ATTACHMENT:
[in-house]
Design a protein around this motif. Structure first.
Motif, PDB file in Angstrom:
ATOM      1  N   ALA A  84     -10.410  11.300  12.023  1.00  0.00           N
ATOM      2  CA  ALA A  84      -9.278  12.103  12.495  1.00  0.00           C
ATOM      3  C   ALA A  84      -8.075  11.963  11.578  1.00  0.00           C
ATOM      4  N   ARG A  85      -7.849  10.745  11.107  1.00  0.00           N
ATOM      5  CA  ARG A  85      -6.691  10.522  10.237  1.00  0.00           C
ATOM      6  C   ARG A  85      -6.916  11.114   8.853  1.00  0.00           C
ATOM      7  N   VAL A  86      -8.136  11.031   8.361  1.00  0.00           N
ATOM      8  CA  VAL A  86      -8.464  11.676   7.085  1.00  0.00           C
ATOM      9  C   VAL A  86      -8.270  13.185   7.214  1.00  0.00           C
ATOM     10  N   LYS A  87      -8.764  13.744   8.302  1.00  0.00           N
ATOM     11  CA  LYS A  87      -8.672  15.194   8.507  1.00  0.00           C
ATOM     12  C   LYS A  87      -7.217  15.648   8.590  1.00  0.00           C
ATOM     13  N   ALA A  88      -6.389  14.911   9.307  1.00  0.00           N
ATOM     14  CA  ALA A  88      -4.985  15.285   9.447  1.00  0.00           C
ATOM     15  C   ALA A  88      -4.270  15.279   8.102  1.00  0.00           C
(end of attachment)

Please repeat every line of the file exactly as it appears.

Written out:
[in-house]
Design a protein around this motif. Structure first.
Motif, PDB file in Angstrom:
ATOM      1  N   ALA A  84     -10.410  11.300  12.023  1.00  0.00           N
ATOM      2  CA  ALA A  84      -9.278  12.103  12.495  1.00  0.00           C
ATOM      3  C   ALA A  84      -8.075  11.963  11.578  1.00  0.00           C
ATOM      4  N   ARG A  85      -7.849  10.745  11.107  1.00  0.00           N
ATOM      5  CA  ARG A  85      -6.691  10.522  10.237  1.00  0.00           C
ATOM      6  C   ARG A  85      -6.916  11.114   8.853  1.00  0.00           C
ATOM      7  N   VAL A  86      -8.136  11.031   8.361  1.00  0.00           N
ATOM      8  CA  VAL A  86      -8.464  11.676   7.085  1.00  0.00           C
ATOM      9  C   VAL A  86      -8.270  13.185   7.214  1.00  0.00           C
ATOM     10  N   LYS A  87      -8.764  13.744   8.302  1.00  0.00           N
ATOM     11  CA  LYS A  87      -8.672  15.194   8.507  1.00  0.00           C
ATOM     12  C   LYS A  87      -7.217  15.648   8.590  1.00  0.00           C
ATOM     13  N   ALA A  88      -6.389  14.911   9.307  1.00  0.00           N
ATOM     14  CA  ALA A  88      -4.985  15.285   9.447  1.00  0.00           C
ATOM     15  C   ALA A  88      -4.270  15.279   8.102  1.00  0.00           C